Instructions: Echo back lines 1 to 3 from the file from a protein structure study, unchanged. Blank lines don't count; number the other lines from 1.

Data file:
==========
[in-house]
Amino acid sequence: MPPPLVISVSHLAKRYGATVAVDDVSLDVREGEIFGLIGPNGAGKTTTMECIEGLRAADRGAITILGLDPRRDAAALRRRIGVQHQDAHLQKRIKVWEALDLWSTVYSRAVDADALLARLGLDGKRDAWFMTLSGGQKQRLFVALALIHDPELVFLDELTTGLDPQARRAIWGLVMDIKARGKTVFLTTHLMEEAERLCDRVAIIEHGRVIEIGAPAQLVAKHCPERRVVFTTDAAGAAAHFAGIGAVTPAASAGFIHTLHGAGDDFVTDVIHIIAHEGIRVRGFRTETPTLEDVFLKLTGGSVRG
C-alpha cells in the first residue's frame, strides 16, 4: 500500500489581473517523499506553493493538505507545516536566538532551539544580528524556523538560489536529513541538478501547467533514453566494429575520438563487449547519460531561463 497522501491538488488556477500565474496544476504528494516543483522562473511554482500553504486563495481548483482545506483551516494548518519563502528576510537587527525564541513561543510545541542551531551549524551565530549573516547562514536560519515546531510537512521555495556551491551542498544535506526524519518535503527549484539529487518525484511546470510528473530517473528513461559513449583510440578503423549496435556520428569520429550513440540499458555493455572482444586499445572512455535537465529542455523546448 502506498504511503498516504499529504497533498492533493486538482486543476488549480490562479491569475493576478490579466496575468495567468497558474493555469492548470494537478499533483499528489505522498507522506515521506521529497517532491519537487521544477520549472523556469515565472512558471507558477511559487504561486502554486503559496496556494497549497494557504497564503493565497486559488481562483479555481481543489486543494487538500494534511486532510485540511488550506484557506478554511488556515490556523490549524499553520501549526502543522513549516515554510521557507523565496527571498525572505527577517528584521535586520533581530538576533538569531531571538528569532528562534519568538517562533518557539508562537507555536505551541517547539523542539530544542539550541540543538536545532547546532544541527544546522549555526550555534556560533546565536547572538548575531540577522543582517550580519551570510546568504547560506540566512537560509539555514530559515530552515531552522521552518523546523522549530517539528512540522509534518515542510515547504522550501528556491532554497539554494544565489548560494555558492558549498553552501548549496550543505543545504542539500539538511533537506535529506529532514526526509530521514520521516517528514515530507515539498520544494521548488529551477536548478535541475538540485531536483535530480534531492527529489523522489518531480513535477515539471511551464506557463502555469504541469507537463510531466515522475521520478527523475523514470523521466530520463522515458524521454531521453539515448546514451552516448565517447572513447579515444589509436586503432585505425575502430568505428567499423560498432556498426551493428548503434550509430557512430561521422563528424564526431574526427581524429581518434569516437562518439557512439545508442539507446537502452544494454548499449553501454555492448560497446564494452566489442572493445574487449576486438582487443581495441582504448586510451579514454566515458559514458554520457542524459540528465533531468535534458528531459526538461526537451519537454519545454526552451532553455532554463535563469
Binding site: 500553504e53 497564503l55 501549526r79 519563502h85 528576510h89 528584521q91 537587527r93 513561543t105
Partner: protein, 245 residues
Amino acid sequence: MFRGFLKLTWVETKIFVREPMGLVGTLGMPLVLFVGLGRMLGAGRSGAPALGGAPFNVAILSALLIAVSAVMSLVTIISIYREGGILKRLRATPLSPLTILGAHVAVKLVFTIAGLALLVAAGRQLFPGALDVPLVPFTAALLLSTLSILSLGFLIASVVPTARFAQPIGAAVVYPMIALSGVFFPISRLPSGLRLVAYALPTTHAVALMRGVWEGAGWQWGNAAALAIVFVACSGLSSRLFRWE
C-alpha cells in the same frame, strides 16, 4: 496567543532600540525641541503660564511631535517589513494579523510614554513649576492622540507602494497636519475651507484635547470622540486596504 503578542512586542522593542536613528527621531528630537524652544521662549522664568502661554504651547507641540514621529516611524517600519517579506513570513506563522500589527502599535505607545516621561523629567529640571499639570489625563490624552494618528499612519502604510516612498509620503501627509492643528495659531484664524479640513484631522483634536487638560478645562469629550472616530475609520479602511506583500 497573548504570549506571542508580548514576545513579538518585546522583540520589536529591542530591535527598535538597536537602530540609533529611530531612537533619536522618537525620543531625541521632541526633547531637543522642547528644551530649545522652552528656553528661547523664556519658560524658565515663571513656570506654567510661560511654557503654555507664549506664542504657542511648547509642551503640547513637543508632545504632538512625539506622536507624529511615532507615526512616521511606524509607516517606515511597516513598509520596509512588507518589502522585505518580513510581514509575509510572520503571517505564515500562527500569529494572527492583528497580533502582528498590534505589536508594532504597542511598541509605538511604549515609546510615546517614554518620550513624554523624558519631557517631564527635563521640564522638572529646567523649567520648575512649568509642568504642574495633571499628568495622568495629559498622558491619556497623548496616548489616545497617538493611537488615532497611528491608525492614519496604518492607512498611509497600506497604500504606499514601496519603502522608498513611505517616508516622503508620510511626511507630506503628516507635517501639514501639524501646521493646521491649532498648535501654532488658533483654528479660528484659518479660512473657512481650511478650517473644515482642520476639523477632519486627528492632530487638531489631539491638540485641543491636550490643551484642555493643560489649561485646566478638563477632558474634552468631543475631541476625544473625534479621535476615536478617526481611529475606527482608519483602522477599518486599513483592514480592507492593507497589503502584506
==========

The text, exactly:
[in-house]
Amino acid sequence: MPPPLVISVSHLAKRYGATVAVDDVSLDVREGEIFGLIGPNGAGKTTTMECIEGLRAADRGAITILGLDPRRDAAALRRRIGVQHQDAHLQKRIKVWEALDLWSTVYSRAVDADALLARLGLDGKRDAWFMTLSGGQKQRLFVALALIHDPELVFLDELTTGLDPQARRAIWGLVMDIKARGKTVFLTTHLMEEAERLCDRVAIIEHGRVIEIGAPAQLVAKHCPERRVVFTTDAAGAAAHFAGIGAVTPAASAGFIHTLHGAGDDFVTDVIHIIAHEGIRVRGFRTETPTLEDVFLKLTGGSVRG
C-alpha cells in the first residue's frame, strides 16, 4: 500500500489581473517523499506553493493538505507545516536566538532551539544580528524556523538560489536529513541538478501547467533514453566494429575520438563487449547519460531561463 497522501491538488488556477500565474496544476504528494516543483522562473511554482500553504486563495481548483482545506483551516494548518519563502528576510537587527525564541513561543510545541542551531551549524551565530549573516547562514536560519515546531510537512521555495556551491551542498544535506526524519518535503527549484539529487518525484511546470510528473530517473528513461559513449583510440578503423549496435556520428569520429550513440540499458555493455572482444586499445572512455535537465529542455523546448 502506498504511503498516504499529504497533498492533493486538482486543476488549480490562479491569475493576478490579466496575468495567468497558474493555469492548470494537478499533483499528489505522498507522506515521506521529497517532491519537487521544477520549472523556469515565472512558471507558477511559487504561486502554486503559496496556494497549497494557504497564503493565497486559488481562483479555481481543489486543494487538500494534511486532510485540511488550506484557506478554511488556515490556523490549524499553520501549526502543522513549516515554510521557507523565496527571498525572505527577517528584521535586520533581530538576533538569531531571538528569532528562534519568538517562533518557539508562537507555536505551541517547539523542539530544542539550541540543538536545532547546532544541527544546522549555526550555534556560533546565536547572538548575531540577522543582517550580519551570510546568504547560506540566512537560509539555514530559515530552515531552522521552518523546523522549530517539528512540522509534518515542510515547504522550501528556491532554497539554494544565489548560494555558492558549498553552501548549496550543505543545504542539500539538511533537506535529506529532514526526509530521514520521516517528514515530507515539498520544494521548488529551477536548478535541475538540485531536483535530480534531492527529489523522489518531480513535477515539471511551464506557463502555469504541469507537463510531466515522475521520478527523475523514470523521466530520463522515458524521454531521453539515448546514451552516448565517447572513447579515444589509436586503432585505425575502430568505428567499423560498432556498426551493428548503434550509430557512430561521422563528424564526431574526427581524429581518434569516437562518439557512439545508442539507446537502452544494454548499449553501454555492448560497446564494452566489442572493445574487449576486438582487443581495441582504448586510451579514454566515458559514458554520457542524459540528465533531468535534458528531459526538461526537451519537454519545454526552451532553455532554463535563469